So much has been written about the Waverly Route when open, but not too much about the days beforehand. Here we have a selection of archive material that has been pulled together from the very early days, when the rivalry was ripe between the Caledonian Railway & North British Railway. The difficulty that went into getting the consent to build a line between Carlisle & Hawick is evident throughout, and we’ll chart some of the most telling points on the way.
Sources include contemporay newspaper articles along with original handwritten letters.
We start in late 1857 with a letter from John Scott Chisholme of Hawick, the chairman of the proposed Langholm route
HAWICK AND CARLISLE RAILWAY.
TO THE EDITOR OF THE EDINBURGH ADVERTISER. [ 20th November 1857 ]
SIR, – In the last number of Herapath’s Railway Journal a letter appeared, signed by Mr Hodgson, Chairman of the North British Railway Company, addressed “To the Secretary, Local Committee, Hawick and Carlisle Junction Railway.”
In that letter Mr Hodgson says, “Mr Chisholme Chairman of the Langholm line, has had the temerity to taunt the advocates of the Hawick and Carlisle Junction Railway with the lack of subscribers and influential supporters of the line by Liddesdale ; and has boasted of the names that appear on his Provisional Committee.”
I have never taunted the advocates of the Hawick and Carlisle Junction Railway, alias the Liddesdale line, with the lack of subscribers and influential supporters. What I stated at the public meeting at Annan, on the 27th of October last, was, that the Liddesdale scheme had neither a Provisional Committee nor any influential local promoters, – a statement Mr Hodgson had not the temerity to deny. Nor did I ever boast of the names on my Provisional Committee ; but on the same occasion I said, that the names on that Committee were a guarantee to the public, if the Bill was obtained next session, that the line by Langholm would be made. And I say still, that if the names of forty influential gentlemen, backed by some hundreds of substantial local subscribers, is not the best evidence of local feeling, and a good guarantee to the public, I do not know what is. And if Mr Hodgson has a responsible local Provisional Committee for his Liddesdale scheme, why does he not publish their names, and satisfy public curiosity?
If the Liddesdale scheme has any local supporters prepared to put their hands into their pockets to construct even the first half-mile of the line from Hawick, I have not yet heard of them. I do not say this as a taunt, but as proof of the common-sense of the local community.
Mr Hodgson says that “misconception still exists in regard to the preponderance of local feeling in favour of the Liddesdale scheme.” There is not the slightest misconception on the subject. From the first, Mr Hodgson gave out that the scheme was purely a North British one, to be carried out entirely by that Company ; and all that he asked from the public at his provincial meetings was “moral support” – a request so inexpensive that it was easily accorded by those who did not see through his object. How could the people of Hawick resist the temptation of holding up their hands for a railway that was to cost them nothing – in return for which they were to get coals reduced from 18s. to 10s. per ton !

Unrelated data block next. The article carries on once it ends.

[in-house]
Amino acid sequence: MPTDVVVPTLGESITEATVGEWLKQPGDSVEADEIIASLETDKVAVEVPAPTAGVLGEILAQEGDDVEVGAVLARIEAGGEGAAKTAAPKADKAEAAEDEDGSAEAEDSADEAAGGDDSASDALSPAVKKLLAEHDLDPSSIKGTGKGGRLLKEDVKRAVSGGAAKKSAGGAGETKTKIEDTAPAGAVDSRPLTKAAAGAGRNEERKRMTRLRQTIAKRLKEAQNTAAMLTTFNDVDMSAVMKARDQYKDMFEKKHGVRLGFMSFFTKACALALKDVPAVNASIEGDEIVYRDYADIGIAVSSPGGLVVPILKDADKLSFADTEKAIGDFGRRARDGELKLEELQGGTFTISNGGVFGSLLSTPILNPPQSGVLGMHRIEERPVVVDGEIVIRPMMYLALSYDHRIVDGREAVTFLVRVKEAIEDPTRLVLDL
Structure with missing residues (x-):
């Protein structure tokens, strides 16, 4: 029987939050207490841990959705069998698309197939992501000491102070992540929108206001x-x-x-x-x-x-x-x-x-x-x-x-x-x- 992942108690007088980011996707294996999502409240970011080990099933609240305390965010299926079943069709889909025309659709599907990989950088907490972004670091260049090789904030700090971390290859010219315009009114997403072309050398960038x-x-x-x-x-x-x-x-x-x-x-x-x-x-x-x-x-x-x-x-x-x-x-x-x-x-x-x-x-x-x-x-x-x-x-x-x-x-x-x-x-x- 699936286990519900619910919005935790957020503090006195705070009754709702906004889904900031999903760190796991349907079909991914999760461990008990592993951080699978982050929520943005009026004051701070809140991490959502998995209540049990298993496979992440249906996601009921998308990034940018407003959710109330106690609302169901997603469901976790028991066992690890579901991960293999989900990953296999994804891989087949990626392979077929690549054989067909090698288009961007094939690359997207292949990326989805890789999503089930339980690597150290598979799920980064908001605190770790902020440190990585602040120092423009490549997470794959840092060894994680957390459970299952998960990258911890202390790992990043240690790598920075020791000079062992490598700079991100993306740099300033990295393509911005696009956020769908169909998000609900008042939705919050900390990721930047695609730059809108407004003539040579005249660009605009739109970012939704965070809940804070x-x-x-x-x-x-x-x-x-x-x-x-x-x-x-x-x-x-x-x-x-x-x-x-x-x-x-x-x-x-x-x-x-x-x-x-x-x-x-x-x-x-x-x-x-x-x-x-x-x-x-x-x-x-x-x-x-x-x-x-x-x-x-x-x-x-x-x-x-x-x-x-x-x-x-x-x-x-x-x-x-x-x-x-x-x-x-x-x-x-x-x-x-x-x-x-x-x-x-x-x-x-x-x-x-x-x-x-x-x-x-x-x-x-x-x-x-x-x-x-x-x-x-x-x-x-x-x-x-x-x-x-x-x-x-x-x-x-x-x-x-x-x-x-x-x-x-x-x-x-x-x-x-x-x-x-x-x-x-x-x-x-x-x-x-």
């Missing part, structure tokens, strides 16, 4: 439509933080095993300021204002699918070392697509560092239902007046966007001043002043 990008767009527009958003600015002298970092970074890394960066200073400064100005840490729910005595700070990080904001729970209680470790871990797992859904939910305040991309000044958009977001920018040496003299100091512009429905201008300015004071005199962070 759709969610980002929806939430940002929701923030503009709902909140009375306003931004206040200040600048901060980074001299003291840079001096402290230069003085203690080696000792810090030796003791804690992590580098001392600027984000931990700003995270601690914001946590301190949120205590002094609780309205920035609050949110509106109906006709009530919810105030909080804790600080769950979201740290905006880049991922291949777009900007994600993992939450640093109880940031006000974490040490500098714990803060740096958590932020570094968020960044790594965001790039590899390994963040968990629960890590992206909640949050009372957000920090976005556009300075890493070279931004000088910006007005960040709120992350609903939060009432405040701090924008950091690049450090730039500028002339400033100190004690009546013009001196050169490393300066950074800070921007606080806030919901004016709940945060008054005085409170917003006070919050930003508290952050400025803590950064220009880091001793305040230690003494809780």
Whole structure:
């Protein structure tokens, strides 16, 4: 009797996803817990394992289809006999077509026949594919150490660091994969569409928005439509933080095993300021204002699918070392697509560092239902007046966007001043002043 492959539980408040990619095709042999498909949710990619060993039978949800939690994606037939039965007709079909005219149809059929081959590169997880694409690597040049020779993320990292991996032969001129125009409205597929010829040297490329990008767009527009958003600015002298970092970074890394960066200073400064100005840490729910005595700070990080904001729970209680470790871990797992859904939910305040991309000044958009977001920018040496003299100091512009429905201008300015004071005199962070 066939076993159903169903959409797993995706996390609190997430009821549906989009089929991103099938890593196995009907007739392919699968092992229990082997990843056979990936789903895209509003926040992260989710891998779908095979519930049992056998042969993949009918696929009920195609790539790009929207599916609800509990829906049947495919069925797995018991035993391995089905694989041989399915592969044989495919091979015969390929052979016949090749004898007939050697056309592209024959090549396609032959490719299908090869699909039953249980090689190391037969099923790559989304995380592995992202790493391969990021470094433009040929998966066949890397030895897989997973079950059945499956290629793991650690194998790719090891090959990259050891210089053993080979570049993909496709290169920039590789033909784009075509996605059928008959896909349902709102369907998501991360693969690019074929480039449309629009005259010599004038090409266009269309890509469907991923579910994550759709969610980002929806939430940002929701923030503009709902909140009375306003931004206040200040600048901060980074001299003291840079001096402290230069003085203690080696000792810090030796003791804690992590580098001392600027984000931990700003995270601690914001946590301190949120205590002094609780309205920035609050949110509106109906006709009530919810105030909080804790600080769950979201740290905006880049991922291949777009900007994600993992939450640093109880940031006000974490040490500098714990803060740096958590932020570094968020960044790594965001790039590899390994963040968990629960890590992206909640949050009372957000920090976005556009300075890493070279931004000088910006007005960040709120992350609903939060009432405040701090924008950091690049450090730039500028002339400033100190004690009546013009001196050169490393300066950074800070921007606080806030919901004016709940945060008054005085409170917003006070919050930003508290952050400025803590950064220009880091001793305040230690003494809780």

Now, Sir, by the Langholm line we shall supply the town of Hawick with coals of equal quality at, I doubt not 10s. per ton – but we never did pretend that we could do so by moral support alone.
Mr Hodgson has at last discovered that something more tangible is required to satisfy Parliament of the preponderance of local feeling in favour of the Liddesdale line than a mere show of hands ; for he now says, “In no other way is it practicable to bring before a Committee of Parliament the fact of such preponderance than by a numerous and substantial list of local subscriptions.” And with a view to obtain this, he says, – “The North British Company will not only guarantee the whole expense in case of failure, but they will supply whatever amount of estimated capital is required beyond the subscriptions of the public. It is of the greatest importance that those locally interested in the success of the measure should actively, in purse and person, aid that success!” That is one way to obtain a subscription-contract ; but what security is offered to the subscribers should they have the misfortune to obtain their Bill ? – for therein would be their real danger.
If the North British as a Company are prepared to construct this gigantic scheme, and to furnish the capital for the numerous branches, good and well ; if not, I repeat what I said at the Langholm meeting in the presence of fifteen hundred people, among whom Mr Hodgson could not find one supporter, that it is a snare and a delusion.
I am, Sir, your obedient servant,
JOHN SCOTT CHISHOLME.
Stirches, 18th November 1857.
On the date Chisholme’s letter appeared in the Edinburgh Advertiser, Richard Hodgson, Chairman of the North British Railway Company, responded by writing to Daniel McCalpin, a Solicitor based at 7 Friars Court, Carlisle:-
Edinburgh 20 Nov 1857